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Delay is a major issue on construction projects. To combat this, most construction contracts will specify a particular date by which the works must be completed. If the contractor fails to meet this deadline, it will usually have to pay a pre-agreed level of damages for the period of delay. This is unless the contractor can show that it has a claim for an extension of time which will push back the date for completion.
A construction contract will generally list the grounds where a contractor can apply for an extension of time. The employer may seek to limit the scope of such grounds from what is contained in standard form contracts such as the JCT at the point of negotiation. However, it is generally considered imperative that “acts of prevention” by the employer (i.e. where the employer has caused the delay) remain as a ground for an extension of time to be granted. Otherwise, the contract is generally considered to fall foul of what is known as the “prevention principle”.
The “prevention principle” provides that a party may not enforce a contractual obligation against the other party where it has prevented such other party from performing that obligation. Where this principle applies, the requirement to complete the works by the specific deadline will fall away and the contractor will only be required to complete within a reasonable period of time. This can leave an employer in a disastrous situation. However, a recent decision from the Court of Appeal suggests that it may be possible for parties to disapply the “employer’s act of prevention” ground for an extension of time with express wording without the prevention principle coming into play.
In North Midland Building Ltd v Cyden Homes Ltd  EWCA Civ 1744, Cyden Homes Ltd employed North Midland Building Ltd to design and build a large residential property in Lincolnshire. North Midland was engaged under a JCT Design and Build Contract 2005 edition with amendments. The project was delayed by a matter which was an employer risk (exceptionally adverse weather) and matters which were contractor risks (lighting to the main house/asphalt roofing) occurring simultaneously. This is known as a situation of “concurrent delay”. Cyden Homes did not grant North Midland an extension of time relying on a clause within the contract which addressed concurrent delays. North Midland sought a declaration that this clause offended the prevention principle and therefore did not apply.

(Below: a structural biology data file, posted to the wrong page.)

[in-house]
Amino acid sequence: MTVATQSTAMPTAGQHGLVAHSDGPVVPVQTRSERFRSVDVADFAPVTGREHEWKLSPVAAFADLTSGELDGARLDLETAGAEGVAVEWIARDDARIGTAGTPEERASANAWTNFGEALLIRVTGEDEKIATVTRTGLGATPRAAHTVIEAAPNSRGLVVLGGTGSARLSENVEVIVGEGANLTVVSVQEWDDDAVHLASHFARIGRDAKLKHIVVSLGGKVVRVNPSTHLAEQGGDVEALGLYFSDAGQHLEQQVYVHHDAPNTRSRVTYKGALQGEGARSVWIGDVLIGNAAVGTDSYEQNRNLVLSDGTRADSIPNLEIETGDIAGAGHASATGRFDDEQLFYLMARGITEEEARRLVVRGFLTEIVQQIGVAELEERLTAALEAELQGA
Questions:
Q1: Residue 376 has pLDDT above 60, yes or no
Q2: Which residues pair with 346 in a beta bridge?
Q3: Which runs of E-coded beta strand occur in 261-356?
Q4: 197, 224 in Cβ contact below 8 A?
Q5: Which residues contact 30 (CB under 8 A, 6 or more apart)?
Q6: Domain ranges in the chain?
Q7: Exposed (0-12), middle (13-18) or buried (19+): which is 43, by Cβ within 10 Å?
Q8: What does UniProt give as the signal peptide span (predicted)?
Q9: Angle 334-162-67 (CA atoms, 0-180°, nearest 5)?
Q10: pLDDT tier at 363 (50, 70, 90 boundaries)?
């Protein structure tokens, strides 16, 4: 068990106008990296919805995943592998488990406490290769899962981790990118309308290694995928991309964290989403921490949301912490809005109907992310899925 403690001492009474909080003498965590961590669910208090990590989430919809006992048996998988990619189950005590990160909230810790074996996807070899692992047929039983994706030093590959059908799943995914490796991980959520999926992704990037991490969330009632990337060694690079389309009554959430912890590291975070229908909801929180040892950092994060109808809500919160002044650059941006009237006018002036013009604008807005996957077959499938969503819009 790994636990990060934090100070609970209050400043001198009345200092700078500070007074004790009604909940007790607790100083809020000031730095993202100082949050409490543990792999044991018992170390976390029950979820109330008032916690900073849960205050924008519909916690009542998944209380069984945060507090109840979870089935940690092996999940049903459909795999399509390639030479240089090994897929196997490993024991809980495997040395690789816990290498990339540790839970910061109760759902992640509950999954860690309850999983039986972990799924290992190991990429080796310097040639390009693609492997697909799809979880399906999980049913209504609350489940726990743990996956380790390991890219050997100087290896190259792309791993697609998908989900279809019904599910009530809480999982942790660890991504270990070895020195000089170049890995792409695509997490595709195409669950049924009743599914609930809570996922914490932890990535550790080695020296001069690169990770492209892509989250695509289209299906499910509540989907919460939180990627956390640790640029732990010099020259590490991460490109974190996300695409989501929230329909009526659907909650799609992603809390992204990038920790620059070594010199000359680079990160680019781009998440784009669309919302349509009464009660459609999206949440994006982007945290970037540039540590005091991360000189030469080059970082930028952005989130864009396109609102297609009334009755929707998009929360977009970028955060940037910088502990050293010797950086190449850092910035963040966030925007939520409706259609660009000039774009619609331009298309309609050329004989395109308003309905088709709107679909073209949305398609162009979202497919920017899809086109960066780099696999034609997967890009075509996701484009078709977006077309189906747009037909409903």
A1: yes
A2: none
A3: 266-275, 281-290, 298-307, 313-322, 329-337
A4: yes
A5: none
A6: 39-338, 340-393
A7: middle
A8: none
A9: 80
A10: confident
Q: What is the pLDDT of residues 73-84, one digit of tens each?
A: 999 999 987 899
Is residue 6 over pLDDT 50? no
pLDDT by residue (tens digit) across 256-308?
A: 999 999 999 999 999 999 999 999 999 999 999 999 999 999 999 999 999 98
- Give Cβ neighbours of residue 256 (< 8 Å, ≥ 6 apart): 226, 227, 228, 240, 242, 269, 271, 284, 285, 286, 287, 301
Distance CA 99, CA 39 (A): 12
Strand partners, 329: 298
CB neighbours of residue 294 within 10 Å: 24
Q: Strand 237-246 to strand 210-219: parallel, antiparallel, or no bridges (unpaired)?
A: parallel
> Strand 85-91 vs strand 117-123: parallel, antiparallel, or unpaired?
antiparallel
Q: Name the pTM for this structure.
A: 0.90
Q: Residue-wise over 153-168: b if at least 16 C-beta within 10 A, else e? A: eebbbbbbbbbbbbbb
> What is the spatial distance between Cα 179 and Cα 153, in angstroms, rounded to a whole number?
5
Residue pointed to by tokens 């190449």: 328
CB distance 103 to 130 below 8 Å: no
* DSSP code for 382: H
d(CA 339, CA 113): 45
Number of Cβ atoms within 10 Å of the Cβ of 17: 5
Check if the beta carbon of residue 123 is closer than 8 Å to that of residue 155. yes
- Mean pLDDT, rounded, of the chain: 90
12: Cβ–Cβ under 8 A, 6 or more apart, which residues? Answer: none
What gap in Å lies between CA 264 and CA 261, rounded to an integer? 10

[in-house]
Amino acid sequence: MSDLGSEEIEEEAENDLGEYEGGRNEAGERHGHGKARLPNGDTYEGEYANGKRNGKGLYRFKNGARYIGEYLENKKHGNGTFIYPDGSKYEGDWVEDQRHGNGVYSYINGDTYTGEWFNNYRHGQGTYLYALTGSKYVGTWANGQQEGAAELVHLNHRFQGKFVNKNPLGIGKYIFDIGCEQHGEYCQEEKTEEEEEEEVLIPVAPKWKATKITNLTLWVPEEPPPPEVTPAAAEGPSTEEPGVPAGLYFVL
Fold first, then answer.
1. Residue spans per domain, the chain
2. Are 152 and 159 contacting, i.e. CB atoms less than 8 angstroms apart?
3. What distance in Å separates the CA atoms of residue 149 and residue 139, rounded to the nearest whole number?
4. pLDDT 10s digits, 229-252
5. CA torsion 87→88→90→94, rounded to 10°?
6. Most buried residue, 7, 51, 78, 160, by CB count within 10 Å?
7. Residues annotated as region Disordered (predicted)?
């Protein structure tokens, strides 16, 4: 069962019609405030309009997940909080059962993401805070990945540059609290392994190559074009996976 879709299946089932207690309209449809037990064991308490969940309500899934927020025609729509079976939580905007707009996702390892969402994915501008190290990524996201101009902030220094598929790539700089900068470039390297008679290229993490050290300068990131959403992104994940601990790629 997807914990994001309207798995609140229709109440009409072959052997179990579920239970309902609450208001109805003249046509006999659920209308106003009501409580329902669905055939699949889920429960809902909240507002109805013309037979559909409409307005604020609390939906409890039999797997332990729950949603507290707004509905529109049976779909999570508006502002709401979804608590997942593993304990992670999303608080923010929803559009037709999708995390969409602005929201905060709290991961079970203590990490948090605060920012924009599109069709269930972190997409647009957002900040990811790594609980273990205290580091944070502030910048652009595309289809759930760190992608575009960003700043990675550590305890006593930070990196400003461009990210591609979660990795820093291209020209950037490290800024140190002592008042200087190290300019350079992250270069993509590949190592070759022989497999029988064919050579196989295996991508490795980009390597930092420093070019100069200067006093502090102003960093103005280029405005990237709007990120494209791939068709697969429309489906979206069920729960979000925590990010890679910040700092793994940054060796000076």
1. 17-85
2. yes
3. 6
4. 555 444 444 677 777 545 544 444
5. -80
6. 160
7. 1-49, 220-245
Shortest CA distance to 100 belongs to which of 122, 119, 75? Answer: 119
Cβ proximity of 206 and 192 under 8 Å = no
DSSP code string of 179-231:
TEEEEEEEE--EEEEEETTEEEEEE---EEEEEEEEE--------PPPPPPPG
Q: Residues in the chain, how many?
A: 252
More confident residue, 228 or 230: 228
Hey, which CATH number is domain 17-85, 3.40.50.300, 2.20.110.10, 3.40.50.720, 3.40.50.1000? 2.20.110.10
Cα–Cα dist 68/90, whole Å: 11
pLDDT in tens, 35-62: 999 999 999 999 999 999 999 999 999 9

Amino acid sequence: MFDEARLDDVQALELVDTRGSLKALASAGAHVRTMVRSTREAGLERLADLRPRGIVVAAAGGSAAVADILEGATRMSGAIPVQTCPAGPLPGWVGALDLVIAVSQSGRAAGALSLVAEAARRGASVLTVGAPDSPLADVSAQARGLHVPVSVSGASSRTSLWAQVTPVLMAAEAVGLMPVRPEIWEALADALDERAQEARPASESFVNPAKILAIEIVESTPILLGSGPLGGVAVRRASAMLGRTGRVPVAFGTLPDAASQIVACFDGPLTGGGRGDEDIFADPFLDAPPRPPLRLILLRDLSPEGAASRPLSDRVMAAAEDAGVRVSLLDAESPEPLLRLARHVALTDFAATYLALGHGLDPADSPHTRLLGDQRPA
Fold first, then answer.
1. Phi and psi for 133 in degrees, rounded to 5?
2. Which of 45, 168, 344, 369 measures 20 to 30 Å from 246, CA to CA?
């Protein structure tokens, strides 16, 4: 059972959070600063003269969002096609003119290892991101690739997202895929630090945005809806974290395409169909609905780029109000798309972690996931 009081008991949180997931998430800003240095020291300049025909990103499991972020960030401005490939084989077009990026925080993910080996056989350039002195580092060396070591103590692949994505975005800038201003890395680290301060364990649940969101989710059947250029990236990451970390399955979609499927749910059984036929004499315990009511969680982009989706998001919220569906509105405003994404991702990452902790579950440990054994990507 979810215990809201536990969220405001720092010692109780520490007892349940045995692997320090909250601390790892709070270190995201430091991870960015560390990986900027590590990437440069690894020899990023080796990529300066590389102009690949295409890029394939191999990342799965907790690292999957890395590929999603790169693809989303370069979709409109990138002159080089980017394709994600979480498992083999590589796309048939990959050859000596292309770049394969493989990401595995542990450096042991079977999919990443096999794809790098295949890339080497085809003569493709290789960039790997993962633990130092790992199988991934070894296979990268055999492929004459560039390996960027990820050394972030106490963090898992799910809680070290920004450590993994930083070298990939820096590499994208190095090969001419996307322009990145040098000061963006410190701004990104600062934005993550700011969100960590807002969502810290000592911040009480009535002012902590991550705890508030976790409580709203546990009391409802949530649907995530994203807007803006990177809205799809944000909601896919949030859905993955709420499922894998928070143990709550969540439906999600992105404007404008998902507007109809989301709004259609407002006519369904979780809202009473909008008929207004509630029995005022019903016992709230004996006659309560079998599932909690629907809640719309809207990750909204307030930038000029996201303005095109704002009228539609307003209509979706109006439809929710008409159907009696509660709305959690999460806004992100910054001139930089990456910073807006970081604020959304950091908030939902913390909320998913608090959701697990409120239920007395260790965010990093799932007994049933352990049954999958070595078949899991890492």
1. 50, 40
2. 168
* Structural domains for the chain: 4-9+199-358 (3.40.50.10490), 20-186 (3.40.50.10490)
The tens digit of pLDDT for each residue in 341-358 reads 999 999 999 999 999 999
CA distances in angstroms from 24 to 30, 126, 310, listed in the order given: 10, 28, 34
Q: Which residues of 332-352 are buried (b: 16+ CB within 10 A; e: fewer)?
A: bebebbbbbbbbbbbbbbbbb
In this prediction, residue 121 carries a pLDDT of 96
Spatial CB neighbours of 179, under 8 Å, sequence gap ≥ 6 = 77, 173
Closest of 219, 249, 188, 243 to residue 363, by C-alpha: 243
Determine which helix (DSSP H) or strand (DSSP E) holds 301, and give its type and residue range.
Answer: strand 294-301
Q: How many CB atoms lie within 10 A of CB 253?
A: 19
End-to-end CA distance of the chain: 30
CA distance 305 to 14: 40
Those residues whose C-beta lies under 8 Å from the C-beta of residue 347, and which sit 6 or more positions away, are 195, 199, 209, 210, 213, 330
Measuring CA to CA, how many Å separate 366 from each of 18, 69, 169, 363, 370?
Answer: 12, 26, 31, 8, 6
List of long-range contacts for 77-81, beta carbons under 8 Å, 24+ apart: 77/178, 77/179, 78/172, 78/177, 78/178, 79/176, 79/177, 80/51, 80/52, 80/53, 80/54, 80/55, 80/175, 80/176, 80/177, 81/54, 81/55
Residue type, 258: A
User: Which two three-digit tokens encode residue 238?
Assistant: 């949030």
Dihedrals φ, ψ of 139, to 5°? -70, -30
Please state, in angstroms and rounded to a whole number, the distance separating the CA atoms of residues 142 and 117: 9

The Court of Appeal, agreeing with the Technology and Construction Court, refused to grant the declaration. Coulson LJ found that the prevention principle was not engaged because the contract still provided for an extension of time being available in the event of an employer act of prevention where there was no contractor cause of delay occurring at the same time. In any event, Coulson LJ went on to find that, even if the prevention principle was engaged, it is not an overriding rule of public policy, but more of an implied term. It could therefore be disapplied with express wording, as it had partially been here by the clause dealing with concurrent delay. Coulson LJ suggested that the application of the prevention principle will not interfere with “an express provision which states that, on the happening of a particular type of prevention, … the risk and responsibility rests with the contractor.”
The implications of this decision may be broader than concurrent delay. It does not seem too far of a jump from this to suggest that parties could disapply the “act of prevention” extension of time ground itself with clear, express wording without this causing the deadline for completion to fall away. I would suggest that something more than merely deleting it from the list of grounds for extensions of time would be needed. Although this might appear to create an unfair position, it would demonstrate the courts’ commitment to abide by the express agreement between the parties. We wait to see whether this point will now come before the courts as in the meantime the position on this remains unclear.
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